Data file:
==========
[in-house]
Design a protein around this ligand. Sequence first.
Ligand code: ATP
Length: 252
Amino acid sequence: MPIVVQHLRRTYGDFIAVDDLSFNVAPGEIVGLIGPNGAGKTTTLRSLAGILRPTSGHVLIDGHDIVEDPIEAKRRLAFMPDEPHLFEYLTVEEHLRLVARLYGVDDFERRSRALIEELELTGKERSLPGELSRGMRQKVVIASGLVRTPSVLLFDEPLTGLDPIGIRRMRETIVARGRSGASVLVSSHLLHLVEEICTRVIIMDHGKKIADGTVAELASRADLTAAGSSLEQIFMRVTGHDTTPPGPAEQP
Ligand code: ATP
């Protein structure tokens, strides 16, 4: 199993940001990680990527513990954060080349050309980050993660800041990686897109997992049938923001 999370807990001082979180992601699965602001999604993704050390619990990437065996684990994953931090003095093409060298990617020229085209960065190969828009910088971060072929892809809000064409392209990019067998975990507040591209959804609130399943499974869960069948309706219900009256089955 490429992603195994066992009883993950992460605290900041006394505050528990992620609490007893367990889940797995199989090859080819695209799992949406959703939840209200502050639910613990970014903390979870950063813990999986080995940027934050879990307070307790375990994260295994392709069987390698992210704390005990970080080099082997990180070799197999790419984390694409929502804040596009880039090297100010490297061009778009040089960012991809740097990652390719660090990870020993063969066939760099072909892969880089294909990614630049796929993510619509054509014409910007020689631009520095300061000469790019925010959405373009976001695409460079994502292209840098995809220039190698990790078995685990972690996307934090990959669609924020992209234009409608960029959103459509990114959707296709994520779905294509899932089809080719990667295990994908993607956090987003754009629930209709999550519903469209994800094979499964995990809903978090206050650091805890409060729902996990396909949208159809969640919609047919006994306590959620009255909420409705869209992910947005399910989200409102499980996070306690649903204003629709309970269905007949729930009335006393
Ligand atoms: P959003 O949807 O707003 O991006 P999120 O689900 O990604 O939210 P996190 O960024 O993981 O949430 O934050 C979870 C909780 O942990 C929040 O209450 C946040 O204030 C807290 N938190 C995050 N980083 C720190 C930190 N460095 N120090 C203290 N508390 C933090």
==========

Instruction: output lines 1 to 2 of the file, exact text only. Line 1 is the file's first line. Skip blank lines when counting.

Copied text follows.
[in-house]
Design a protein around this ligand. Sequence first.